20. Changes in the content of free and conjugated polyamines during Lettuce (Lactuca sativa) growth.

    PubMed

    Pinto, Edgar; Ferreira, Isabel M P L V O

    2015-01-21

    Polyamines (PAs) in plant foods are relevant due to the association of these bioactive nutrients with health and disease. The scope of the present study was to monitor the content of free, conjugated, and total (free + conjugated) putrescine (Put), spermidine (Spd), and spermine (Spm) at five stages of lettuce growth in three different greenhouses. The daily intake of PAs from lettuce consumption was estimated since its consumption represents about 7.2% of vegetables intake. Results showed that the content of free Put, Spd, and Spm decreased during plant growth, while the content of conjugated Put, Spd, and Spm increased. Nevertheless, the total PA content remained fairly constant. Significant differences were observed in the PAs content in lettuces grown in different greenhouses. The conjugated fraction of PAs in mature lettuces has an important contribution to the total PAs and will certainly influence the bioavailability and/or bioactivity of dietary polyamines.

  1. Delineating ion-ion interactions by electrostatic modeling for predicting rhizotoxicity of metal mixtures to lettuce Lactuca sativa.

    PubMed

    Le, T T Yen; Wang, Peng; Vijver, Martina G; Kinraide, Thomas B; Hendriks, A Jan; Peijnenburg, Willie J G M

    2014-09-01

    Effects of ion-ion interactions on metal toxicity to lettuce Lactuca sativa were studied based on the electrical potential at the plasma membrane surface (ψ0 ). Surface interactions at the proximate outside of the membrane influenced ion activities at the plasma membrane surface ({M(n+)}0). At a given free Cu(2+) activity in the bulk medium ({Cu(2+)}b), additions of Na(+), K(+), Ca(2+), and Mg(2+) resulted in substantial decreases in {Cu(2+)}0. Additions of Zn(2+) led to declines in {Cu(2+)}0, but Cu(2+) and Ag(+) at the exposure levels tested had negligible effects on the plasma membrane surface activity of each other. Metal toxicity was expressed by the {M(n+)}0 -based strength coefficient, indicating a decrease of toxicity in the order: Ag(+)  > Cu(2+)  > Zn(2+). Adsorbed Na(+), K(+), Ca(2+), and Mg(2+) had significant and dose-dependent effects on Cu(2+) toxicity in terms of osmolarity. Internal interactions between Cu(2+) and Zn(2+) and between Cu(2+) and Ag(+) were modeled by expanding the strength coefficients in concentration addition and response multiplication models. These extended models consistently indicated that Zn(2+) significantly alleviated Cu(2+) toxicity. According to the extended concentration addition model, Ag(+) significantly enhanced Cu(2+) toxicity whereas Cu(2+) reduced Ag(+) toxicity. By contrast, the response multiplication model predicted insignificant effects of adsorbed Cu(2+) and Ag(+) on the toxicity of each other. These interactions were interpreted using ψ0, demonstrating its influence on metal toxicity.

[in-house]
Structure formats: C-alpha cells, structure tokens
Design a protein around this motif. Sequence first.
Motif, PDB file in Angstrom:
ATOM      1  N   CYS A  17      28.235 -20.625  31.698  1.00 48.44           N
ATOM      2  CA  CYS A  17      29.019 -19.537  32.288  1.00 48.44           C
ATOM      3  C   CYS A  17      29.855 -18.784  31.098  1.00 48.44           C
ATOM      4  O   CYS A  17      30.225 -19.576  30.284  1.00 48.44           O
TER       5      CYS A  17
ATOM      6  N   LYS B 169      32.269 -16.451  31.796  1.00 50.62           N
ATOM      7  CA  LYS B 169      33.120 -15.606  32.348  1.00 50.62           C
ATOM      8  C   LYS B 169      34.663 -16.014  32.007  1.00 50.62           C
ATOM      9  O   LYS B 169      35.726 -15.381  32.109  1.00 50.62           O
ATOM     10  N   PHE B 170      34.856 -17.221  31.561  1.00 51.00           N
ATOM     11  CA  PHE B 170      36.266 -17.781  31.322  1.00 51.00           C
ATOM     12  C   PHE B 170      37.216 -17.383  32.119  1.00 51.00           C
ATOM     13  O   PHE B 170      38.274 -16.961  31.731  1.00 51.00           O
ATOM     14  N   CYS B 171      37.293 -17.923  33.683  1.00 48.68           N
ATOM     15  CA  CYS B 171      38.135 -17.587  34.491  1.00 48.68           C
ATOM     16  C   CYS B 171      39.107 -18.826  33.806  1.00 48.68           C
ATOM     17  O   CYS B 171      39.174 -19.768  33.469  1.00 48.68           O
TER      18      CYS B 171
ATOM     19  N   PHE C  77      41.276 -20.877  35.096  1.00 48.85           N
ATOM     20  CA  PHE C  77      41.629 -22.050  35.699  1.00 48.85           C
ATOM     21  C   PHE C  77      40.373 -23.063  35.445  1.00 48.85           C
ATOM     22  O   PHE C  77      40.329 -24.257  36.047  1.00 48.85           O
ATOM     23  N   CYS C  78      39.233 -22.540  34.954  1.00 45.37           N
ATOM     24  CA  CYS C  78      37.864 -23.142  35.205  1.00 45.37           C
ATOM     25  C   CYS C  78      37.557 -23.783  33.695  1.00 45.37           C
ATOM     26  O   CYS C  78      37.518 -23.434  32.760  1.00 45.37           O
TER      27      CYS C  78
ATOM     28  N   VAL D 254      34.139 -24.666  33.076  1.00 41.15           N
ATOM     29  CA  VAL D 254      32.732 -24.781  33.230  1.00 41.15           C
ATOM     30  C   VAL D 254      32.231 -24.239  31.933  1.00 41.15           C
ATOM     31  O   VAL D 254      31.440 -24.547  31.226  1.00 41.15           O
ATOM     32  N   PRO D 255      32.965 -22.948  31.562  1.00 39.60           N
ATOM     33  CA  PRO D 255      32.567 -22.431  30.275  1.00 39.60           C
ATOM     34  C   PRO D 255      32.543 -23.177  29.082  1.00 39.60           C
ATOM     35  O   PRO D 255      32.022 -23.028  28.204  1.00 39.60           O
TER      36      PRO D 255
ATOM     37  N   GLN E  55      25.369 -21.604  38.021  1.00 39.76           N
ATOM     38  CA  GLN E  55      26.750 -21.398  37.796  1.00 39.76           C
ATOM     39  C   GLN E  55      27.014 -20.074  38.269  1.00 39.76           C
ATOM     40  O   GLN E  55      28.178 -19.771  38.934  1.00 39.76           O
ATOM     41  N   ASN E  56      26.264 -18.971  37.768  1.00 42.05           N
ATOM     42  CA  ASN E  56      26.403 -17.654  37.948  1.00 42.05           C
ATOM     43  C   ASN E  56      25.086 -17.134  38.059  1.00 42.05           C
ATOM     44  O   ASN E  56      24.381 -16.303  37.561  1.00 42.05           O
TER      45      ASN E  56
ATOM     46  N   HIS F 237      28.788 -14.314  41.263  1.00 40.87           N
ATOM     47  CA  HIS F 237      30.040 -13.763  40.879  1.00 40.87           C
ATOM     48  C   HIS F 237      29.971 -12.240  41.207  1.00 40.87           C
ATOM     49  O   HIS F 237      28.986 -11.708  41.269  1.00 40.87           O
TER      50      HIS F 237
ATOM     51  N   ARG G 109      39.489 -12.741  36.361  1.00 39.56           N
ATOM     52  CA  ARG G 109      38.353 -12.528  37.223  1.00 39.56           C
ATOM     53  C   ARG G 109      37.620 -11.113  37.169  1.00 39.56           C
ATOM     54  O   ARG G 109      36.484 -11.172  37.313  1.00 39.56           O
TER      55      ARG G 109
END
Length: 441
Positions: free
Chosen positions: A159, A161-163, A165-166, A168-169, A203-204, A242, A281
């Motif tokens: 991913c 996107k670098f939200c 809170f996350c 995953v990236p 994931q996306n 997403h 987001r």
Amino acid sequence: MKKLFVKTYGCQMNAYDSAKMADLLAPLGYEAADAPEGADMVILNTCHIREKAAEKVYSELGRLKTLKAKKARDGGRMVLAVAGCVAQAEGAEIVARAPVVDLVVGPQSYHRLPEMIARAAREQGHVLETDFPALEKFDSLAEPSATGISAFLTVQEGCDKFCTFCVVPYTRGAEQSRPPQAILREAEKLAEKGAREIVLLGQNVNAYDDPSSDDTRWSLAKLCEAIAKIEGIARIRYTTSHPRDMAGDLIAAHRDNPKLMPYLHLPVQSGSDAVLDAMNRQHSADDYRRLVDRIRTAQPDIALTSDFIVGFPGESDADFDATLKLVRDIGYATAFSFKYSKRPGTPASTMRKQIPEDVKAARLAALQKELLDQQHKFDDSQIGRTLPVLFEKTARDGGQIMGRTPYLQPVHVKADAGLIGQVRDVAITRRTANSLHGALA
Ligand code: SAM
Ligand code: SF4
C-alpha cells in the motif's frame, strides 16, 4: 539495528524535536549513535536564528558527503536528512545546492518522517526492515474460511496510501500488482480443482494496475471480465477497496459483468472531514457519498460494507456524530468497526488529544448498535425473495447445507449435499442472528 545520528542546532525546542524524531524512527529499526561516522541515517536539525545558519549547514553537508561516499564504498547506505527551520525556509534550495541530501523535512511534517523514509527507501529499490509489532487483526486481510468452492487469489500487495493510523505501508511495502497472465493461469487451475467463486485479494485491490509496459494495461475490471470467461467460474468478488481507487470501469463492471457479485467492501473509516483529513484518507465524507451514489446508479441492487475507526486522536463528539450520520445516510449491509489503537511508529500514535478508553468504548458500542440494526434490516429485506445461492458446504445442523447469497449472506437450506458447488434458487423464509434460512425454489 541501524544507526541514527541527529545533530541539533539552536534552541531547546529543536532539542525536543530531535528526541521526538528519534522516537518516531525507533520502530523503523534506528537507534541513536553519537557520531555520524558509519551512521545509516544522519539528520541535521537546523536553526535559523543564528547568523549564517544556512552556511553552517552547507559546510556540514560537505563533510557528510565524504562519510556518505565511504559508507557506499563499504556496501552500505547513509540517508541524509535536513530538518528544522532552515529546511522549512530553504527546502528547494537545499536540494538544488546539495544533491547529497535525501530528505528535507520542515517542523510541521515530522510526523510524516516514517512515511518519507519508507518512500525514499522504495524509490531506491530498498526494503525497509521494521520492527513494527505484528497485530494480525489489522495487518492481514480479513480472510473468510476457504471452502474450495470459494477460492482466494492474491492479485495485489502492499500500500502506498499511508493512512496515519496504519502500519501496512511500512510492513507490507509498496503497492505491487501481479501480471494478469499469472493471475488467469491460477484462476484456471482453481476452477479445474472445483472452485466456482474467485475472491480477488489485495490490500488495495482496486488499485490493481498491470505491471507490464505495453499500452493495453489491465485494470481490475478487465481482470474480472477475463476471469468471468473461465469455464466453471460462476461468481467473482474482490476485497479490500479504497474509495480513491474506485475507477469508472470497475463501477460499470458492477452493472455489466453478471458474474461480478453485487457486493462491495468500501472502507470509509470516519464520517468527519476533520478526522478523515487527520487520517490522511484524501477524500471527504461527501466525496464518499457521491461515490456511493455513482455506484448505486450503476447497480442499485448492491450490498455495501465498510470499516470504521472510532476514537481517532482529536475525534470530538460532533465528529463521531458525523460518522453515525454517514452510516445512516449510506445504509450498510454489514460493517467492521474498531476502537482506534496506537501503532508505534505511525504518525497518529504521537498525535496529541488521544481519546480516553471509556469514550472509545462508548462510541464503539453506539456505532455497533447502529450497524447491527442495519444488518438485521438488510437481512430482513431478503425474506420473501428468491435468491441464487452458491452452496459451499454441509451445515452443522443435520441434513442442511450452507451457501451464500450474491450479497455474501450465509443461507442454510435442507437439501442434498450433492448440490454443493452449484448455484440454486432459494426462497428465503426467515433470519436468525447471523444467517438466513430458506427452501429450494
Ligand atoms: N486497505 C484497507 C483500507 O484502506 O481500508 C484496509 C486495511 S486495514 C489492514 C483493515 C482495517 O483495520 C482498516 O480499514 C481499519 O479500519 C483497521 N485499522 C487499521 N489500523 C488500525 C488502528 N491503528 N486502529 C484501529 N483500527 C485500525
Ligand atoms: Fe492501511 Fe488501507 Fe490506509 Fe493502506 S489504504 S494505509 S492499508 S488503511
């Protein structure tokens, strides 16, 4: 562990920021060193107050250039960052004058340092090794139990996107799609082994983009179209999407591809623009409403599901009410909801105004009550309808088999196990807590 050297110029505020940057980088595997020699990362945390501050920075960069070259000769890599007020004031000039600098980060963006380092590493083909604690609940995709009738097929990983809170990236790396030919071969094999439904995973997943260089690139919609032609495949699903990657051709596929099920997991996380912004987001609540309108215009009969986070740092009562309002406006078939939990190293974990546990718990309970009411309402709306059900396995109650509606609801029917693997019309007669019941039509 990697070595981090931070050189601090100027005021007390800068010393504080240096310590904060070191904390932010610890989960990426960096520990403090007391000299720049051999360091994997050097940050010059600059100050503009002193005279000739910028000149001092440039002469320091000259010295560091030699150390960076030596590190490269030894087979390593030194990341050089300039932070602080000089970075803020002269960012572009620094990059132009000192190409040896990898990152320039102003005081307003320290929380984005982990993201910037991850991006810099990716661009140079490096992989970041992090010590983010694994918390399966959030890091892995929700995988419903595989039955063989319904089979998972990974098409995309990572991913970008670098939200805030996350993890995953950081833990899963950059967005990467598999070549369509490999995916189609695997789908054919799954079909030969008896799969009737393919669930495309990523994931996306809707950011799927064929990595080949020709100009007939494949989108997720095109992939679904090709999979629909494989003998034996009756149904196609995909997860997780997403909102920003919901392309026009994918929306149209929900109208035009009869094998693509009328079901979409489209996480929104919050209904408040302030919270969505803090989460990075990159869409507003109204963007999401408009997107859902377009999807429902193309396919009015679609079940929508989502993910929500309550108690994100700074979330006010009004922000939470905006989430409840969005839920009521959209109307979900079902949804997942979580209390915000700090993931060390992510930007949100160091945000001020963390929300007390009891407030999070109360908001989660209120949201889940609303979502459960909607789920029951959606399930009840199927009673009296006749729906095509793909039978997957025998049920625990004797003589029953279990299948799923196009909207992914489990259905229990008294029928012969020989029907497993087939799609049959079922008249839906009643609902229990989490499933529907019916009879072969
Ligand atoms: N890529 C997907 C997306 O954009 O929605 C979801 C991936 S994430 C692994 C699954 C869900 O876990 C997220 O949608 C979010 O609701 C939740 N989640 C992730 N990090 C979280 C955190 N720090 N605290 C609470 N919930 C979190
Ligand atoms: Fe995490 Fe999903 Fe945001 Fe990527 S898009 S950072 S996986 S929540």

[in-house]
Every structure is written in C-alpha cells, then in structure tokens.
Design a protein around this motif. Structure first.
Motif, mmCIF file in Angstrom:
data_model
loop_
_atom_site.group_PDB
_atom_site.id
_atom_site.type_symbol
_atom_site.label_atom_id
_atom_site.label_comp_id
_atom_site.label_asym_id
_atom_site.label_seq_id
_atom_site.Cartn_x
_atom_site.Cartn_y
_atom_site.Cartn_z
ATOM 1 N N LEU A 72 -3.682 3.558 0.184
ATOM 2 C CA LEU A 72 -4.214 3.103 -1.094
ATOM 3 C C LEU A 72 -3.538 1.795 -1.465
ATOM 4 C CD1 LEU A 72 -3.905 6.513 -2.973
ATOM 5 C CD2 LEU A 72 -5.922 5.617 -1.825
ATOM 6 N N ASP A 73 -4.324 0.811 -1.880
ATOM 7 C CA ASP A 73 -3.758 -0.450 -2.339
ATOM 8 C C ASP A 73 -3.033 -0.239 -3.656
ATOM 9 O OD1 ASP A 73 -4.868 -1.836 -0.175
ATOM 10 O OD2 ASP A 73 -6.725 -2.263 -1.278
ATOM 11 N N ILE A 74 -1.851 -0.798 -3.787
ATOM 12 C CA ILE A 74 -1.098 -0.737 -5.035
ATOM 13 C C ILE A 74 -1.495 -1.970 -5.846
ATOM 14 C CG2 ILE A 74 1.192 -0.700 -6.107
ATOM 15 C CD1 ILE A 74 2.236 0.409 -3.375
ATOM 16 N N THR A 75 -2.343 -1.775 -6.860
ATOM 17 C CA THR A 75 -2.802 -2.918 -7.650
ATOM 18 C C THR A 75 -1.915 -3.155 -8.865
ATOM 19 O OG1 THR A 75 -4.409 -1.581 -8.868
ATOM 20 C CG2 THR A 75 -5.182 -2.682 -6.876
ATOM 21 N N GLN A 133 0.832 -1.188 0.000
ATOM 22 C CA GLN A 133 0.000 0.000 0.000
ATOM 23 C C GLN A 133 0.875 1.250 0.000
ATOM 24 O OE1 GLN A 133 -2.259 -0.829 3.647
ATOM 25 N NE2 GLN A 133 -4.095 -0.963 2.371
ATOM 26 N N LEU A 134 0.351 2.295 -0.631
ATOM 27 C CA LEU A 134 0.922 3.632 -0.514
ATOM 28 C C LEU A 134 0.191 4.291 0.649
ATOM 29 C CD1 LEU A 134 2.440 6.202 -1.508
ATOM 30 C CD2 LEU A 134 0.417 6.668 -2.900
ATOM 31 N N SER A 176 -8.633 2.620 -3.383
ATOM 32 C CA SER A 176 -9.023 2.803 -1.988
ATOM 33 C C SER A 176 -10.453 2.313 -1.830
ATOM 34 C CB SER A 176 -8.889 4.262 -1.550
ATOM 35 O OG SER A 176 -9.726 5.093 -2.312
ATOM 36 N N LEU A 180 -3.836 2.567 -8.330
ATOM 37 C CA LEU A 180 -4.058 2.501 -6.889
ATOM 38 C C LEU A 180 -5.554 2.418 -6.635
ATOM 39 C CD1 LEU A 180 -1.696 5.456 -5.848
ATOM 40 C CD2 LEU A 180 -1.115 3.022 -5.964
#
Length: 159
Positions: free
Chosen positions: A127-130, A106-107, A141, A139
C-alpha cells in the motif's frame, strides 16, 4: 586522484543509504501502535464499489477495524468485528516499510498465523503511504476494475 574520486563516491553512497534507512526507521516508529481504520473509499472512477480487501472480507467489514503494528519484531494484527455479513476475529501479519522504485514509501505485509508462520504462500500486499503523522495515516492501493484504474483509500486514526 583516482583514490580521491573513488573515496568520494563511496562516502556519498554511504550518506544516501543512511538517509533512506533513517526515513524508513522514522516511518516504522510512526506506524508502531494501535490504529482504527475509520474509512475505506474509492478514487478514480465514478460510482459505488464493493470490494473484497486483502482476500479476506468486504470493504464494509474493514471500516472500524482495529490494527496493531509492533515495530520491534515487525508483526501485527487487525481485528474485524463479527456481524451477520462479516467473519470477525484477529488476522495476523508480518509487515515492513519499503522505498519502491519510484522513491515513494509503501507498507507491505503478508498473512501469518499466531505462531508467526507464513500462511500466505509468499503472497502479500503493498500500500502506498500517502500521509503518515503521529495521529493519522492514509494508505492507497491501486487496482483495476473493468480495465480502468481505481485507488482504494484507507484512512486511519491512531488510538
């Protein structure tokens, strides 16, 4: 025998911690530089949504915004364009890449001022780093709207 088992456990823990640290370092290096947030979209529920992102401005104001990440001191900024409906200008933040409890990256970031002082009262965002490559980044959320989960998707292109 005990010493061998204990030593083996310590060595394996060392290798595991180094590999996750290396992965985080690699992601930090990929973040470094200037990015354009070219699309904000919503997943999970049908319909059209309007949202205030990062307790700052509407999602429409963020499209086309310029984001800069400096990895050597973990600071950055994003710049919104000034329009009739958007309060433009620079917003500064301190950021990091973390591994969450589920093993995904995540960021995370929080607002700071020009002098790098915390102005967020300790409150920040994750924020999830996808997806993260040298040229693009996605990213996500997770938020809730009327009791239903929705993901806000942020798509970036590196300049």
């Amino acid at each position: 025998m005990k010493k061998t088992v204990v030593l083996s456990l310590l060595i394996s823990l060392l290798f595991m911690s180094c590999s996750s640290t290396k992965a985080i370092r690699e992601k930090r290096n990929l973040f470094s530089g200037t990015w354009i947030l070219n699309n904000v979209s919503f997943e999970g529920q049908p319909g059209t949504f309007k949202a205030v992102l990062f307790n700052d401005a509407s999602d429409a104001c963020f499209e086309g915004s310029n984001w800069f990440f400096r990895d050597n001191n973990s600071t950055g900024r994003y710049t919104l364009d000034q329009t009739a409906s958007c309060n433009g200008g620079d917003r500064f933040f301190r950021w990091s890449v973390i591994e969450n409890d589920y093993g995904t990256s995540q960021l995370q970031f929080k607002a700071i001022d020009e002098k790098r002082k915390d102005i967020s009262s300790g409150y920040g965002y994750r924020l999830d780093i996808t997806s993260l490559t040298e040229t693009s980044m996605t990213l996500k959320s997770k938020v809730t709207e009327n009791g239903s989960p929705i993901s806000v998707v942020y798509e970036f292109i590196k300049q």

2. Experimental determinations of soil copper toxicity to lettuce (Lactuca sativa) growth in highly different copper spiked and aged soils.

    PubMed

    Christiansen, Karen S; Borggaard, Ole K; Holm, Peter E; Vijver, Martina G; Hauschild, Michael Z; Peijnenburg, Willie J G M

    2015-04-01

    Accurate knowledge about factors and conditions determining copper (Cu) toxicity in soil is needed for predicting plant growth in various Cu-contaminated soils. Therefore, effects of Cu on growth (biomass production) of lettuce (Lactuca sativa) were tested on seven selected, very different soils spiked with Cu and aged for 2 months at 35 °C. Cu toxicity was expressed as pEC50(Cu(2+)), i.e., the negative logarithm of the EC50(Cu(2+)) activity to plant growth. The determined pEC50(Cu(2+)) was significantly and positively correlated with both the analytically readily available soil pH and concentration of dissolved organic carbon [DOC] which together could explain 87% of the pEC50(Cu(2+)) variation according to the simple equation: pEC50(Cu(2+)) = 0.98 × pH + 345 × [DOC] - 0.27. Other soil characteristics, including the base cation concentrations (Na(+), K(+), Ca(2+), Mg(2+)), the cation exchange capacity at soil pH (ECEC), and at pH 7 (CEC7), soil organic carbon, clay content, and electric conductivity as well as the distribution coefficient (Kd) calculated as the ratio between total soil Cu and water-extractable Cu did not correlate significantly with pEC50(Cu(2+)). Consequently, Cu toxicity, expressed as the negative log of the Cu(2+) activity, to plant growth increases at increasing pH and DOC, which needs to be considered in future management of plant growth on Cu-contaminated soils. The developed regression equation allows identification of soil types in which the phytotoxicity potential of Cu is highest.